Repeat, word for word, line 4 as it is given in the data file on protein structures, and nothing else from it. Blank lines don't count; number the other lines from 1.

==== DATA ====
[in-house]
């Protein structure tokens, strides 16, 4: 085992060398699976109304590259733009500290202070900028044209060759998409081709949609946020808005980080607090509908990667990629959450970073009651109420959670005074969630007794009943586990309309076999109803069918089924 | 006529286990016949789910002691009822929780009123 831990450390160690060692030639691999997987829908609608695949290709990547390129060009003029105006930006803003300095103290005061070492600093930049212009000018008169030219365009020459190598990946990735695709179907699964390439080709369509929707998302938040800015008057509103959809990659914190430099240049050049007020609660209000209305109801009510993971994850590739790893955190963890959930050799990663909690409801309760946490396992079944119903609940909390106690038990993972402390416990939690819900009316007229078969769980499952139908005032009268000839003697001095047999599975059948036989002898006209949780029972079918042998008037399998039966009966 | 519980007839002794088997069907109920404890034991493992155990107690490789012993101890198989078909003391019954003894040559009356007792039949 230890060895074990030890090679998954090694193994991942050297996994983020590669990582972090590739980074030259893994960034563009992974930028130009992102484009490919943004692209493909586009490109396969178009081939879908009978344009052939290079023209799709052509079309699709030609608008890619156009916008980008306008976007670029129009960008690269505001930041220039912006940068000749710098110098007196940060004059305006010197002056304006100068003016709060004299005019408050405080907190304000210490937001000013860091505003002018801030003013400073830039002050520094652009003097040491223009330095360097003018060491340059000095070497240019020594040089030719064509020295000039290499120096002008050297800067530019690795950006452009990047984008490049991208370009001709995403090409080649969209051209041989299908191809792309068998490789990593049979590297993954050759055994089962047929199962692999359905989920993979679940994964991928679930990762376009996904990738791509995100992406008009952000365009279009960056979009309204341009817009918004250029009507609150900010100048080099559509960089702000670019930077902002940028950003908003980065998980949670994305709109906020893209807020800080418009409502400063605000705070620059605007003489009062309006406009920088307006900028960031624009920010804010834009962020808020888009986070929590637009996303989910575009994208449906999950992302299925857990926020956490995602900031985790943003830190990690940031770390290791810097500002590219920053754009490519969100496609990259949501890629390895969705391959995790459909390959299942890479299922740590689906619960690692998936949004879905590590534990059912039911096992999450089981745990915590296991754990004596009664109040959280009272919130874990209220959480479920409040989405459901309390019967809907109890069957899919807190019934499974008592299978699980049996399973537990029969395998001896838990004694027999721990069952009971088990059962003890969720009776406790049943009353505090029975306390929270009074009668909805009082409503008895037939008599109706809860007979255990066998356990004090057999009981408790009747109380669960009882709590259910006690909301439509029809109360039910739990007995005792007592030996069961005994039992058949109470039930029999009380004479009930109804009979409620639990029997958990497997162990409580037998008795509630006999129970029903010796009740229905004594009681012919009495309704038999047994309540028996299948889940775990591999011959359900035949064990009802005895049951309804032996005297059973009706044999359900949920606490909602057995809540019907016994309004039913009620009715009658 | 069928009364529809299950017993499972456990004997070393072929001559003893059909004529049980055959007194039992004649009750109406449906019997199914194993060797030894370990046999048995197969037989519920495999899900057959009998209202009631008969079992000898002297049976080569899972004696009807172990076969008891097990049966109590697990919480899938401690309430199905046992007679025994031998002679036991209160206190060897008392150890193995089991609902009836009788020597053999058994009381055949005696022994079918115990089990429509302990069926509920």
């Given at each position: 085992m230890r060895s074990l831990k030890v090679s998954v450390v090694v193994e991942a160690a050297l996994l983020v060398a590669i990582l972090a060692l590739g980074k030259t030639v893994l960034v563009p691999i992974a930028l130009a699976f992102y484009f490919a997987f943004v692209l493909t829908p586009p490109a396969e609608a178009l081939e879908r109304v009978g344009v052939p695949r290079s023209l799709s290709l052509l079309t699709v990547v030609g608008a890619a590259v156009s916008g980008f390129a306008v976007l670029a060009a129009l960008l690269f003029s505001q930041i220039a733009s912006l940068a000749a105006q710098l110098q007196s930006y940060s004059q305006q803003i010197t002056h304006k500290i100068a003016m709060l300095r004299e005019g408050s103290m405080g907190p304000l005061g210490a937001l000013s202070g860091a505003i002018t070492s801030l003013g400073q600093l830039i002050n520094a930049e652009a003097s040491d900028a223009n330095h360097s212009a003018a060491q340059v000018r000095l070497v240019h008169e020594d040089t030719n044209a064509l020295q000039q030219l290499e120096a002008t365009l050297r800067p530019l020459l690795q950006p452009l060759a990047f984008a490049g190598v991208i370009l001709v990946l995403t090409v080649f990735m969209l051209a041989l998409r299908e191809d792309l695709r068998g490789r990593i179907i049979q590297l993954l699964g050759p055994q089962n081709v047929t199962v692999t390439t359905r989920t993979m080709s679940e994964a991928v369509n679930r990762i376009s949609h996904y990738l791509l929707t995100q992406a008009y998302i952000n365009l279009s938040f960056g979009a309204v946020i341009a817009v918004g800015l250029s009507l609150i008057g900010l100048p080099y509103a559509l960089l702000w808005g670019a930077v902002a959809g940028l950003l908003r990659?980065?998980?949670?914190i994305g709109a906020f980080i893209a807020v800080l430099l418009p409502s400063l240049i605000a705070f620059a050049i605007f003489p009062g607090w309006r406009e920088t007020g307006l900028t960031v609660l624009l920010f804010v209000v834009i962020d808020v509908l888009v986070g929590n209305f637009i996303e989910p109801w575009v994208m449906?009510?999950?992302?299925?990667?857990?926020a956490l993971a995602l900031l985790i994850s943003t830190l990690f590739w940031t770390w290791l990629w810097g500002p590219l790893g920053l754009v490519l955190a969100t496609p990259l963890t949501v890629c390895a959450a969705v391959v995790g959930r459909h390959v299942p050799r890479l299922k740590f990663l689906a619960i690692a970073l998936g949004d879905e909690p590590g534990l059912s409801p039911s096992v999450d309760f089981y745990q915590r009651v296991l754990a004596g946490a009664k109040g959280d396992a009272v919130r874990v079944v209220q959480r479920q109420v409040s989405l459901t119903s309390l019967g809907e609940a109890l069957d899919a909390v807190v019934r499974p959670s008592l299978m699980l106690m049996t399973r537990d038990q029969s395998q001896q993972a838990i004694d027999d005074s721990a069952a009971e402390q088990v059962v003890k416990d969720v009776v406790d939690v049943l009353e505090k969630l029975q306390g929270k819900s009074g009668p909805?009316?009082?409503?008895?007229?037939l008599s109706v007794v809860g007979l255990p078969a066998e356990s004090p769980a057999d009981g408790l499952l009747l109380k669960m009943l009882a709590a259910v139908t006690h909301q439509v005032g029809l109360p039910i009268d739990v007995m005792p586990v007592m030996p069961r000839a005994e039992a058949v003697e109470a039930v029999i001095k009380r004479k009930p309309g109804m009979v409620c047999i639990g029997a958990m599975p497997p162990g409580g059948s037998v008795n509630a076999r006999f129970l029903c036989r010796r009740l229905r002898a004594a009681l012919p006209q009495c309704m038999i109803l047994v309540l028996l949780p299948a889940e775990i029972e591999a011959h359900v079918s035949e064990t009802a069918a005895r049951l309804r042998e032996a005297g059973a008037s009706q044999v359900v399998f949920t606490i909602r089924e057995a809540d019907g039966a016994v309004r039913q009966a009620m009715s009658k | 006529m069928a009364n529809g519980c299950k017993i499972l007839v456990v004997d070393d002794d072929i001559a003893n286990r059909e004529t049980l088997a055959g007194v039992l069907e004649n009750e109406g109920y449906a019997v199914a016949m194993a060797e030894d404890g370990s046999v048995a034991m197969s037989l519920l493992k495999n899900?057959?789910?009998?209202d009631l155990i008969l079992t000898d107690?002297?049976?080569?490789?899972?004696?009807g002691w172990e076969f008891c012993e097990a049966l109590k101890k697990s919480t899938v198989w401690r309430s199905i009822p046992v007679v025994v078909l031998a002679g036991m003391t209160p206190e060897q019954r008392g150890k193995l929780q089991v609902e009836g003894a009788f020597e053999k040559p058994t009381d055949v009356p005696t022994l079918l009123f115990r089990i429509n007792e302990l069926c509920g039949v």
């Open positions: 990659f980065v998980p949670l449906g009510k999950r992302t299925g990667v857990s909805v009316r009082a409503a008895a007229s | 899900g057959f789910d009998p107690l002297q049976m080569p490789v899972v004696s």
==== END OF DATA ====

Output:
């Open positions: 990659f980065v998980p949670l449906g009510k999950r992302t299925g990667v857990s909805v009316r009082a409503a008895a007229s | 899900g057959f789910d009998p107690l002297q049976m080569p490789v899972v004696s």